Higher cognition - the set of thinking skills people use to manipulate information and ideas in ways that lead to problem solving and new insights - is a critical foundation for individuals and our country to be competitive. During the teen years, the brain undergoes big changes; it won't look or function like an adult brain until well into the 20s. It is a period of tremendous change and tremendous potential.
The highly successful Workshop on Higher Cognition in Adolescents and Young Adults: Social, Behavioral, and Biological Influences on Learning was held September 28-30, 2008. The event enjoyed excellent attendance and widely perceived synergy and success in bringing together scholars from multiple disciplines and perspectives. It brought together 19 preeminent researchers representing the fields of neuroscience, economics, cognitive psychology, developmental psychology, social psychology, education, human development, and measurement and psychometrics to address a critically understudied area in life course learning - higher order cognition. The Workshop focused leading scientists on key problems that are ripe for groundbreaking discoveries and fostered the translation of research on the basic science of higher order cognition to solve pressing problems, especially the development of mathematical knowledge and reasoning skills essential for competitiveness in the 21st century.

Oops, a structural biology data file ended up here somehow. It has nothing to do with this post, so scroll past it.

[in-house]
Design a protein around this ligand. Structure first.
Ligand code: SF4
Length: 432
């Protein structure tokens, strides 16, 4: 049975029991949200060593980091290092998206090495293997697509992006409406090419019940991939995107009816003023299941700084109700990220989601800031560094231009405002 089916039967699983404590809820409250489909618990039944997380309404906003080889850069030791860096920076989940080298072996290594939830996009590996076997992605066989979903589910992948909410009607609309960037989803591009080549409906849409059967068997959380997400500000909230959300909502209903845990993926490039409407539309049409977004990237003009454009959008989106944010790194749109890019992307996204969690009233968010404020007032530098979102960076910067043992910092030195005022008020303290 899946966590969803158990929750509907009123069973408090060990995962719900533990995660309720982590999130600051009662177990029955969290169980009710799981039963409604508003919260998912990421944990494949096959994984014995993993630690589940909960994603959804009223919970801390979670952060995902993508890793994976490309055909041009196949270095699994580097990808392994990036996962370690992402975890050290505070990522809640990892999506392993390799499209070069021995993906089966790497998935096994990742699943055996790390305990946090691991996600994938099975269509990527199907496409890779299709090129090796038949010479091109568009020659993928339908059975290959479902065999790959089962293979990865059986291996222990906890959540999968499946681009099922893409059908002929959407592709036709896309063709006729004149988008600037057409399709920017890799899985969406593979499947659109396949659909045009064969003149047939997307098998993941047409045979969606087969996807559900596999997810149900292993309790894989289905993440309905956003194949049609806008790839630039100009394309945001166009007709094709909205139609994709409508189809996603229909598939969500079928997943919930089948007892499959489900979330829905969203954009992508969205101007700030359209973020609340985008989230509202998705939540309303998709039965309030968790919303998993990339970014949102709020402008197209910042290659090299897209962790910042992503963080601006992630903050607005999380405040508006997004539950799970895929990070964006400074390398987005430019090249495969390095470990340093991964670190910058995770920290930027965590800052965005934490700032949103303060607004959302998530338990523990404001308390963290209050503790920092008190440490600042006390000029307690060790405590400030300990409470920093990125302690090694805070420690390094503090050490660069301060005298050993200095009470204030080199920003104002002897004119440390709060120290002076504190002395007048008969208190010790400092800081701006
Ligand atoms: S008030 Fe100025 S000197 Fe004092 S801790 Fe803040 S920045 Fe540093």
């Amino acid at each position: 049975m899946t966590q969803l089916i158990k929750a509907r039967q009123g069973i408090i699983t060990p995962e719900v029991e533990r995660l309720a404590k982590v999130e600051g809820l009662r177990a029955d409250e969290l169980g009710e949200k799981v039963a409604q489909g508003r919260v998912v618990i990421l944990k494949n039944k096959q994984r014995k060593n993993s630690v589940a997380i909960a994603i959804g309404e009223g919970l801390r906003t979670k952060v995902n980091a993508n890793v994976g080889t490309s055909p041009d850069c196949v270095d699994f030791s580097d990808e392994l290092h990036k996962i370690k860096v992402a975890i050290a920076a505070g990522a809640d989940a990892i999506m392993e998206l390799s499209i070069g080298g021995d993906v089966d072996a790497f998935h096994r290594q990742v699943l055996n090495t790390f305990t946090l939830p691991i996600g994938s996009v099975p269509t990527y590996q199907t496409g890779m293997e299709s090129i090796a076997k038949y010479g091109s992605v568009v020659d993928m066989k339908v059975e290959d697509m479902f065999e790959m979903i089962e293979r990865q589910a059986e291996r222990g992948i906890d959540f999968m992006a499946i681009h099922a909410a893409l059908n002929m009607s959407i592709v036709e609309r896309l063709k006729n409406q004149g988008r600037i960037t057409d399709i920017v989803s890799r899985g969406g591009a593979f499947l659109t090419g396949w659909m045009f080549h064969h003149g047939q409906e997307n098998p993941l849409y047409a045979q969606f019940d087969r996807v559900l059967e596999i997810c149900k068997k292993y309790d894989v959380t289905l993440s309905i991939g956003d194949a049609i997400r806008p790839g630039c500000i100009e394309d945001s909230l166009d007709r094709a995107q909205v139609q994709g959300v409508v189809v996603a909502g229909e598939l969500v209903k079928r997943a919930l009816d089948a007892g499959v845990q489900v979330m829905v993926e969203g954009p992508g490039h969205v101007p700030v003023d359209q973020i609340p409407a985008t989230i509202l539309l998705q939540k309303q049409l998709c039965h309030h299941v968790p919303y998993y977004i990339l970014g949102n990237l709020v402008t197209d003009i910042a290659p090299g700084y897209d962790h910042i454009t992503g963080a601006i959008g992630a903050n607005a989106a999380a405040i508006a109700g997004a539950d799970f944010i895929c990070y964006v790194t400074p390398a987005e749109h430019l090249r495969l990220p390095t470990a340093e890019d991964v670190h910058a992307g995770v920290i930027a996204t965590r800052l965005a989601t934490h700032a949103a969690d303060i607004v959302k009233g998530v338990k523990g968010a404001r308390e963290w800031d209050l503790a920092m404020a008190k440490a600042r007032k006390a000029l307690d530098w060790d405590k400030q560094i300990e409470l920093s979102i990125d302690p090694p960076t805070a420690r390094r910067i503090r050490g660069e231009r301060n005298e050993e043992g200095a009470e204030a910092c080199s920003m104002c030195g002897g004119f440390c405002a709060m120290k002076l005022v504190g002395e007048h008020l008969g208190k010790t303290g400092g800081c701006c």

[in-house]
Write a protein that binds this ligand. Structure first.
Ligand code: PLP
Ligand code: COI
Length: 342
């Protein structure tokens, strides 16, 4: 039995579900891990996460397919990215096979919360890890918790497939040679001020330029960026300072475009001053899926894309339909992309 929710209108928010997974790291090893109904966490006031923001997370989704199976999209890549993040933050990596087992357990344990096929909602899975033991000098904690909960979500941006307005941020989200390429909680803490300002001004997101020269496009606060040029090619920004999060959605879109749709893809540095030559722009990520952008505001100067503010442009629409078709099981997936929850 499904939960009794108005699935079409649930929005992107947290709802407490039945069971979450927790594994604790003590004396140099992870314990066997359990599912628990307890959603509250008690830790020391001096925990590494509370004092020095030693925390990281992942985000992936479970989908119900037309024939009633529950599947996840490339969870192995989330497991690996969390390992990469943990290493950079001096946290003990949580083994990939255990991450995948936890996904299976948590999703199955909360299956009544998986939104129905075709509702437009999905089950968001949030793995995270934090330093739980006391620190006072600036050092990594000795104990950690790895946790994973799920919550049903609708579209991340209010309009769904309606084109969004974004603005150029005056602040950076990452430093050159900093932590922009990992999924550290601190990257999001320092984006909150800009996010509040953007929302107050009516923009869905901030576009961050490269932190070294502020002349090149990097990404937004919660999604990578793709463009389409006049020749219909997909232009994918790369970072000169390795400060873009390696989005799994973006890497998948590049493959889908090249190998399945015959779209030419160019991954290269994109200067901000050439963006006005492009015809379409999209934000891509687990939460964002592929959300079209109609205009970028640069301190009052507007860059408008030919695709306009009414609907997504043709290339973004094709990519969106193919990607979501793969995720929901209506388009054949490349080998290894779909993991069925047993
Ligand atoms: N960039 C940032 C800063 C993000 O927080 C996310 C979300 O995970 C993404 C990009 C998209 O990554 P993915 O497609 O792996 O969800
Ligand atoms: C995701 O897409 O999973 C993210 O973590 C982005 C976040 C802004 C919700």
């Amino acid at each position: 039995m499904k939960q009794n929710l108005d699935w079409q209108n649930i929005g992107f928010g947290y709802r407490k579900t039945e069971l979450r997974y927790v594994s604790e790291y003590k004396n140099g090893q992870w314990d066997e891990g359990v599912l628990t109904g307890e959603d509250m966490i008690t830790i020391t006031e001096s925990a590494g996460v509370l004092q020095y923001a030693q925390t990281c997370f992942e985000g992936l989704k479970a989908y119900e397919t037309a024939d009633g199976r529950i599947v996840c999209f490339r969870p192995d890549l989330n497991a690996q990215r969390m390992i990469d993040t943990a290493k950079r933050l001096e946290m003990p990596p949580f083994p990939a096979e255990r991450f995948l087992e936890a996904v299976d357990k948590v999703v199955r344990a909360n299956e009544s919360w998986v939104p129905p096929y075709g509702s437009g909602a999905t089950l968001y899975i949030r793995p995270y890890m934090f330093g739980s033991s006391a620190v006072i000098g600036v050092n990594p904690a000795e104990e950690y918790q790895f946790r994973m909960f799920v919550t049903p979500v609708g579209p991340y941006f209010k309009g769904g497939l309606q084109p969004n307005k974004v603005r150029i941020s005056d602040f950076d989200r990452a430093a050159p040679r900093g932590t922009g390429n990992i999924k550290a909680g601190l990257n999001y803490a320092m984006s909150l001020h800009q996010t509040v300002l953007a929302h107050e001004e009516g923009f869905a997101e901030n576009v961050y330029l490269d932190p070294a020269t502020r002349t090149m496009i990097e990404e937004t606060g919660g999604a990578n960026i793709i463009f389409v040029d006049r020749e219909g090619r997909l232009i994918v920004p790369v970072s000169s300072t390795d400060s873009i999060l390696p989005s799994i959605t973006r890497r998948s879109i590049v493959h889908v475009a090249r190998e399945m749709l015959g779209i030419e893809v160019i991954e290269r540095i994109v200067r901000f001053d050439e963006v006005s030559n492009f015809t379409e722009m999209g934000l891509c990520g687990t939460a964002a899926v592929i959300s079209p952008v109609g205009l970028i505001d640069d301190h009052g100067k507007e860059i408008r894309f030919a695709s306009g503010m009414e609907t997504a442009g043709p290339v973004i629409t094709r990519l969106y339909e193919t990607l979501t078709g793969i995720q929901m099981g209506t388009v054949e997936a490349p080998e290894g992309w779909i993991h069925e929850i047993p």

In her book "The Adolescent Brain: Learning, Reasoning and Decision Making," Valerie Reyna, Cornell professor of Human Development, encapsulates the cutting edge research and emerging themes that grew out of the workshop. The book highlights recent neuroscience discoveries about how the brain develops and their implications for real-world problems and how we teach young people and prepare them to make healthy life choices.
The Workshop on Higher Cognition in Adolescents and Young Adults was supported by the National Science Foundation under Award # 0840111. Any opinions, findings and conclusions or recommendations expressed on this website are those of the authors(s) and do not necessarily reflect the views of the National Science Foundation (NSF).